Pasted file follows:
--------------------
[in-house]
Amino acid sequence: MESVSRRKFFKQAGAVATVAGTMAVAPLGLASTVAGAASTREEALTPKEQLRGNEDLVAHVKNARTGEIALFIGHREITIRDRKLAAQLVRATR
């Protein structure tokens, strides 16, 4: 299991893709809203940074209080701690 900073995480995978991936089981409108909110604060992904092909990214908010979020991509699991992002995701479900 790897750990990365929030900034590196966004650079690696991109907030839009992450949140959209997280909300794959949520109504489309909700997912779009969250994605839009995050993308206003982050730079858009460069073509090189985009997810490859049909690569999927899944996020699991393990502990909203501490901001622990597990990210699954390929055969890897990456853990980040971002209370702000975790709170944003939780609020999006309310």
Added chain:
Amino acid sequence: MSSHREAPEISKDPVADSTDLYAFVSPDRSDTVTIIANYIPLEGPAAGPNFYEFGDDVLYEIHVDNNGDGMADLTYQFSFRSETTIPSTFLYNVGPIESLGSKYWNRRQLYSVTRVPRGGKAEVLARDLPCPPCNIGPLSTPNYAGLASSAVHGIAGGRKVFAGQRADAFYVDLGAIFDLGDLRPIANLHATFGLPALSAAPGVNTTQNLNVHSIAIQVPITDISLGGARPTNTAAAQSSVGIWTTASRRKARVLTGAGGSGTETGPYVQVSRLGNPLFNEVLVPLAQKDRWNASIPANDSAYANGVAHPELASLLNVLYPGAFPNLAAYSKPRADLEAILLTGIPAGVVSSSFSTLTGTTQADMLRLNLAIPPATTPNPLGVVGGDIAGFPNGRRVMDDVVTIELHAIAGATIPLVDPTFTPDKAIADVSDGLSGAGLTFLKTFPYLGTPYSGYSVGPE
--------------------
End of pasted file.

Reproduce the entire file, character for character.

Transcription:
[in-house]
Amino acid sequence: MESVSRRKFFKQAGAVATVAGTMAVAPLGLASTVAGAASTREEALTPKEQLRGNEDLVAHVKNARTGEIALFIGHREITIRDRKLAAQLVRATR
């Protein structure tokens, strides 16, 4: 299991893709809203940074209080701690 900073995480995978991936089981409108909110604060992904092909990214908010979020991509699991992002995701479900 790897750990990365929030900034590196966004650079690696991109907030839009992450949140959209997280909300794959949520109504489309909700997912779009969250994605839009995050993308206003982050730079858009460069073509090189985009997810490859049909690569999927899944996020699991393990502990909203501490901001622990597990990210699954390929055969890897990456853990980040971002209370702000975790709170944003939780609020999006309310």
Added chain:
Amino acid sequence: MSSHREAPEISKDPVADSTDLYAFVSPDRSDTVTIIANYIPLEGPAAGPNFYEFGDDVLYEIHVDNNGDGMADLTYQFSFRSETTIPSTFLYNVGPIESLGSKYWNRRQLYSVTRVPRGGKAEVLARDLPCPPCNIGPLSTPNYAGLASSAVHGIAGGRKVFAGQRADAFYVDLGAIFDLGDLRPIANLHATFGLPALSAAPGVNTTQNLNVHSIAIQVPITDISLGGARPTNTAAAQSSVGIWTTASRRKARVLTGAGGSGTETGPYVQVSRLGNPLFNEVLVPLAQKDRWNASIPANDSAYANGVAHPELASLLNVLYPGAFPNLAAYSKPRADLEAILLTGIPAGVVSSSFSTLTGTTQADMLRLNLAIPPATTPNPLGVVGGDIAGFPNGRRVMDDVVTIELHAIAGATIPLVDPTFTPDKAIADVSDGLSGAGLTFLKTFPYLGTPYSGYSVGPE